Solidarity with students rallying for free public transit!



Tonight, October 22, 2015, students, teachers, staff, parents, and community activists will be rallying at Rainier Beach High School to demand free bus passes for ALL public school students that need or would like to use Metro to get to school. Currently, students who live two miles or less away from their schools are ineligible for the free bus pass program.

This is a wealthy city. We can build a truly world-class public transit system. To do that, we must organize our movement to tax corporations and the super-wealthy to generate the revenues necessary. For more, please read the letter that I sent to address the struggle before us, and express my solidarity with the student transit activists.


 

Sisters and Brothers,

I want to thank you for organizing this event tonight, and extend my apologies for being unable to join you in person. Young people need to take leadership of movements for social change, and you are demonstrating that through your work.

We all know that the cost and limited access of transit in this city is a major obstacle for Seattleites.

We can build a world-class public transit system in Seattle. We can massively expand our bus and light rail services. And we can make transit truly affordable, by reversing fare hikes, and providing free transit passes for students, low-income Seattleites, seniors, and disabled riders. We need 24 hour service. We need more feeder route connecting with major bus lines. The people of Seattle want all of this.

Our biggest obstacle is the “business as usual” political establishment, both at the city and state levels.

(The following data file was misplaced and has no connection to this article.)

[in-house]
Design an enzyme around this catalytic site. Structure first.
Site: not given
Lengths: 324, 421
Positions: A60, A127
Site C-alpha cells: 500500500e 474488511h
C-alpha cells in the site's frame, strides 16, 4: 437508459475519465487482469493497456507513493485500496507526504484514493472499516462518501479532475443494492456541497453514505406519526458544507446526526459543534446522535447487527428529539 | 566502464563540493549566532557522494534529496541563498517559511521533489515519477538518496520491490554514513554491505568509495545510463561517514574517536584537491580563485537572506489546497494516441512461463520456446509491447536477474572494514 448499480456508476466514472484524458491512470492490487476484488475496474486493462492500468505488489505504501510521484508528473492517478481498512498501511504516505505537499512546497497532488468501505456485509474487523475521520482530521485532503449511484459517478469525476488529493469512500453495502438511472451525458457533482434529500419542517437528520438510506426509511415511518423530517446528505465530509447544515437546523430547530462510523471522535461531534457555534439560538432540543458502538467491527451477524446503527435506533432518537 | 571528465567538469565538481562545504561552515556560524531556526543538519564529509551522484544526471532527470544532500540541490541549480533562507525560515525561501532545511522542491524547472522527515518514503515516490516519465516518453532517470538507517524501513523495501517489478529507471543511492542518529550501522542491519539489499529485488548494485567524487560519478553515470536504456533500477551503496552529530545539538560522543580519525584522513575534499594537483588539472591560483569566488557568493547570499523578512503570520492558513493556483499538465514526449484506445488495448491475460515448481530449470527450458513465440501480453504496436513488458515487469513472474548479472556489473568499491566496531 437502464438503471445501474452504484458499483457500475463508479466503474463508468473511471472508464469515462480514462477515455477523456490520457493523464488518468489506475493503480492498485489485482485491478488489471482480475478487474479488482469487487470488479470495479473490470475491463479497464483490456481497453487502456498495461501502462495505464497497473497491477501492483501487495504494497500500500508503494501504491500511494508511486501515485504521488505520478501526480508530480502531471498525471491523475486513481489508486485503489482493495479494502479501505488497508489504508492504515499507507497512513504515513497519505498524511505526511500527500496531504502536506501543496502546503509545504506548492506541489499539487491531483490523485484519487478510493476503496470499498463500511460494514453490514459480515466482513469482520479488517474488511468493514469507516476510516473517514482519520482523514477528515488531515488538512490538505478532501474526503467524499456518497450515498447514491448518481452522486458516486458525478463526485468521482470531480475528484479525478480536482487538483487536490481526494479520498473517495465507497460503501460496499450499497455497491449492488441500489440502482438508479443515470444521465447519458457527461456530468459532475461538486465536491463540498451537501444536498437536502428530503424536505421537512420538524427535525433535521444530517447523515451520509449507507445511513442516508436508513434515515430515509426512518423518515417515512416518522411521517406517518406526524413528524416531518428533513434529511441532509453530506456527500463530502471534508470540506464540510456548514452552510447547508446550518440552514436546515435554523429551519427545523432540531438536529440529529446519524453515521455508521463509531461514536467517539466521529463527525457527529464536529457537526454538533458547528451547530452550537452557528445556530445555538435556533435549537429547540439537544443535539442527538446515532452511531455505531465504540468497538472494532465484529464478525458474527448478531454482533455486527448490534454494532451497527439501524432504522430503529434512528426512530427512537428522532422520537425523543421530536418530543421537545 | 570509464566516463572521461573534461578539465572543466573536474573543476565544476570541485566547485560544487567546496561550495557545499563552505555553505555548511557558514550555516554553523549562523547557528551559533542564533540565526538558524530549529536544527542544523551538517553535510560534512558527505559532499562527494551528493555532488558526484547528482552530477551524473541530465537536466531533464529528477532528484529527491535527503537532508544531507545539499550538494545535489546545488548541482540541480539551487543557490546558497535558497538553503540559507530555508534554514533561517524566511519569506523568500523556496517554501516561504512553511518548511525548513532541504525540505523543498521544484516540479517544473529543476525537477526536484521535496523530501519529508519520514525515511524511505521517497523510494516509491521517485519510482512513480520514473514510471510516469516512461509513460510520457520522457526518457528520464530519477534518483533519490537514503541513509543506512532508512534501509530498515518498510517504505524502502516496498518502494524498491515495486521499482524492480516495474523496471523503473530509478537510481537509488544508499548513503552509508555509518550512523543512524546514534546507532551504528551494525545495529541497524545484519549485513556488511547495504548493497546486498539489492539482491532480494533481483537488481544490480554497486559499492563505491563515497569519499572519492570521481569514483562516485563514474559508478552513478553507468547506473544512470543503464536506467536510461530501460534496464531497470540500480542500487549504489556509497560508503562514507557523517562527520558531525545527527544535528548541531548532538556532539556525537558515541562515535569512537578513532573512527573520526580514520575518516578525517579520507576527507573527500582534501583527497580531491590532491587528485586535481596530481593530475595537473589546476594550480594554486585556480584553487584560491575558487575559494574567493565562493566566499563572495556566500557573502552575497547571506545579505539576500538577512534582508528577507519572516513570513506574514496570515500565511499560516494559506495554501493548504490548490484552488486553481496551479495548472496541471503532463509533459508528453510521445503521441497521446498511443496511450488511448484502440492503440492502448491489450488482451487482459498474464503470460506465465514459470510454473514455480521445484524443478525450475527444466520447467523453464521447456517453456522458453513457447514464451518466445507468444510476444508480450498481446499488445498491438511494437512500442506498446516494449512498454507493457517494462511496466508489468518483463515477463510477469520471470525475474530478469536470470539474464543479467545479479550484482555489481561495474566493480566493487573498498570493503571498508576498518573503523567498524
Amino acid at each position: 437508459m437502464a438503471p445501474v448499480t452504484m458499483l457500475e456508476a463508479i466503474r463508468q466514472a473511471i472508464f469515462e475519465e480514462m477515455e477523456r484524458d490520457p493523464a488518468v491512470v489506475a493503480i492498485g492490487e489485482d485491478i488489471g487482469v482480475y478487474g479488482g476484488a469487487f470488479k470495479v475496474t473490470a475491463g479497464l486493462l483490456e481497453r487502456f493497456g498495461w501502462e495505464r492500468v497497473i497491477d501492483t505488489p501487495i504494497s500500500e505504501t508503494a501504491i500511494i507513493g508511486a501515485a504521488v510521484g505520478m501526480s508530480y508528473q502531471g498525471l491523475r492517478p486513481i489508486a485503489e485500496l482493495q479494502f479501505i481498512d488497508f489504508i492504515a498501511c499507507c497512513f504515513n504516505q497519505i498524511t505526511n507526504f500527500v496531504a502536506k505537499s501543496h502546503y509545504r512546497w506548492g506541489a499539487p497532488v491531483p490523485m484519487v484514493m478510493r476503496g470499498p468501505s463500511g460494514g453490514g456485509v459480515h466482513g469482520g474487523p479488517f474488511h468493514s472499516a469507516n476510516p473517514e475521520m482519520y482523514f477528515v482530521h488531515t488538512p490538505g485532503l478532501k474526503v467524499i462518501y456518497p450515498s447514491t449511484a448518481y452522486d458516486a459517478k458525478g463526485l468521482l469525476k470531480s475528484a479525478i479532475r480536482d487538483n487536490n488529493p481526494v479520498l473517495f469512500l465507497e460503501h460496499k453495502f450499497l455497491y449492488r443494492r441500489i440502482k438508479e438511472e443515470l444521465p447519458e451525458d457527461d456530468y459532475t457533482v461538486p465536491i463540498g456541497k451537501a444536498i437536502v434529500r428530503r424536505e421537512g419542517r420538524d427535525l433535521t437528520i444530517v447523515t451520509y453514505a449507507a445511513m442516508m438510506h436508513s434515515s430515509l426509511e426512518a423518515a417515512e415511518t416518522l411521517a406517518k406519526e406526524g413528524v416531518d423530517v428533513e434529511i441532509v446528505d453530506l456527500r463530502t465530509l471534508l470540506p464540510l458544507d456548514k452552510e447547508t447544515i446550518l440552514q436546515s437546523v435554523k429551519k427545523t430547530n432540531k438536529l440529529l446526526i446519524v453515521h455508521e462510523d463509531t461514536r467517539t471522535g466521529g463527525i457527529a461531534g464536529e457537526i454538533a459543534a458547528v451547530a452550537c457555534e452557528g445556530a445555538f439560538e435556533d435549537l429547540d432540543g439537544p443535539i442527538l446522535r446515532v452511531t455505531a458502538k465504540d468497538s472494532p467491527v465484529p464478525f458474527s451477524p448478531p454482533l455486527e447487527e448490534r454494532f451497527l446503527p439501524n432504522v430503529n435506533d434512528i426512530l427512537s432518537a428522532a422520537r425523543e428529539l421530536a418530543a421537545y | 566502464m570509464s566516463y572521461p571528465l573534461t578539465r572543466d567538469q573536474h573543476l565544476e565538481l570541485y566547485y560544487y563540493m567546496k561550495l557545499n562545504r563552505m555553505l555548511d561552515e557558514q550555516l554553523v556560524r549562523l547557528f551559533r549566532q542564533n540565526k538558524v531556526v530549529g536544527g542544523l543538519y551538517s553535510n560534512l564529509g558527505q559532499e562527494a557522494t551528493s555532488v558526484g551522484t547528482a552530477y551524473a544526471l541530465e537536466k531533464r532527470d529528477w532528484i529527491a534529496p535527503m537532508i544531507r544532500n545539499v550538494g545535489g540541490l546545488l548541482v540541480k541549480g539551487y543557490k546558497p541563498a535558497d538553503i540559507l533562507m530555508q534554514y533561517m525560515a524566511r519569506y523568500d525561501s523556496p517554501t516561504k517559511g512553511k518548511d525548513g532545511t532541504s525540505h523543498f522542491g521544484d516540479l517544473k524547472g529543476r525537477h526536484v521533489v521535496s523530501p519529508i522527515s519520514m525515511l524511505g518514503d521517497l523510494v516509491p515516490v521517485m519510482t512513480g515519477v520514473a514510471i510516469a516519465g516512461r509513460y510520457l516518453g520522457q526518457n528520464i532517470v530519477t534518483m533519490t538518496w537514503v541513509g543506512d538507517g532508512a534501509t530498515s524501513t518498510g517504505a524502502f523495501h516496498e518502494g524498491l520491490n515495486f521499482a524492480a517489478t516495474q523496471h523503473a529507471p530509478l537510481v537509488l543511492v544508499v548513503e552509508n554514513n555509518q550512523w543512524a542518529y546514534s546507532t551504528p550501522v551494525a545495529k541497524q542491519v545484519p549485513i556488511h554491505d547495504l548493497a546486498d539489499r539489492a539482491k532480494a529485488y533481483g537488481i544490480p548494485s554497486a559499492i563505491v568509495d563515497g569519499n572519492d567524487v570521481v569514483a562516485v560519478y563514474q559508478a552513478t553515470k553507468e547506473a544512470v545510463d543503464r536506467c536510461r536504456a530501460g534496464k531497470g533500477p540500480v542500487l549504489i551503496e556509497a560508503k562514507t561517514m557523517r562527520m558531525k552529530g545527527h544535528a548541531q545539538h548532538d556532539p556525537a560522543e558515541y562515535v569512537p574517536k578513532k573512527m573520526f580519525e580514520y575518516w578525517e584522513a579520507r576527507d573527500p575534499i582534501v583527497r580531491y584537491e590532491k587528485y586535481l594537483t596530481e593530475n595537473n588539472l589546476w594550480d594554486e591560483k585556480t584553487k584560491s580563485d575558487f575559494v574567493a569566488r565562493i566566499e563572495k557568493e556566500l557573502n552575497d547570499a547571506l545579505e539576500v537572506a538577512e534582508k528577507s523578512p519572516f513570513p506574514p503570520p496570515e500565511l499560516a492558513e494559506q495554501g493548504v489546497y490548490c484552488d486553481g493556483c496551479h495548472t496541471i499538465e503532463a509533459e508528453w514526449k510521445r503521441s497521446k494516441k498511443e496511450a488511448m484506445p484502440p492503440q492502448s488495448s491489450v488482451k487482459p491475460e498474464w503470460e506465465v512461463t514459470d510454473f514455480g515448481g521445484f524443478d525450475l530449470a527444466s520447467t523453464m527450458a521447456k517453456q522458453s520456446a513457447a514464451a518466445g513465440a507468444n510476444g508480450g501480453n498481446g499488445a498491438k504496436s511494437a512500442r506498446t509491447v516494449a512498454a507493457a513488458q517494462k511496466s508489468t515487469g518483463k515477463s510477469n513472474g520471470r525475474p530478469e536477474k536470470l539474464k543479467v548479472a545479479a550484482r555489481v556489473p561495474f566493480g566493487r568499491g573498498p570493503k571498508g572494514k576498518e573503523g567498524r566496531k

Washington is the most regressively taxed state in the nation. That means that low-income working people bear the brunt of all taxes. Another consequence of regressive taxation is that it simply does not raise the revenues needed. And the Republican and Democratic Party establishments have proven time and again that they aren’t willing to fight for funding alternatives.

It’s not just transit. The legislature has been censured for criminally underfunding K-12 education, and has long ignored social needs, ranging from mental health services to housing. At the same time, they don’t hesitate to answer when Boeing executives call. How can the establishment find $8.7 billion for Boeing in three days, but find itself at a loss when it comes to transit, education, and social services? It’s a question of priorities.

The struggle to win high quality transit is thus tied to the struggle to force the establishment to tax corporations and the super-wealthy. We build that fight, we can secure real victories. The most immediate place to build that fight right now is at the city level. We can’t settle for lip service. We need to hold them accountable to win.

Over the last two years, on three different occasions, Councilmember Licata and I put forward a business head tax and an increase in the commercial parking tax to increase transit funding. But every time the conservative majority of the Council voted no. We have a number of options – a business head tax, a commercial parking tax, an excise tax, a millionaires’ tax. We have no shortage of options. What we lack are representatives with the political backbone to fight for them.

Currently, the Mayor’s proposed budget does not provide nearly enough funding for transit. With pressure, we can secure amendments that will dramatically strengthen our transit services, and put us in a much better position to win full funding for transit next year.

I encourage you all to come to City Hall this upcoming Tuesday at 6 pm on October 27th to speak to our transit needs at a People’s Budget Town Hall. Together we can lay the foundation for a budget that fully funds all of our city’s basic human needs. Let’s make this city a livable place for all, not a playground for the rich.

Solidarity,
Kshama

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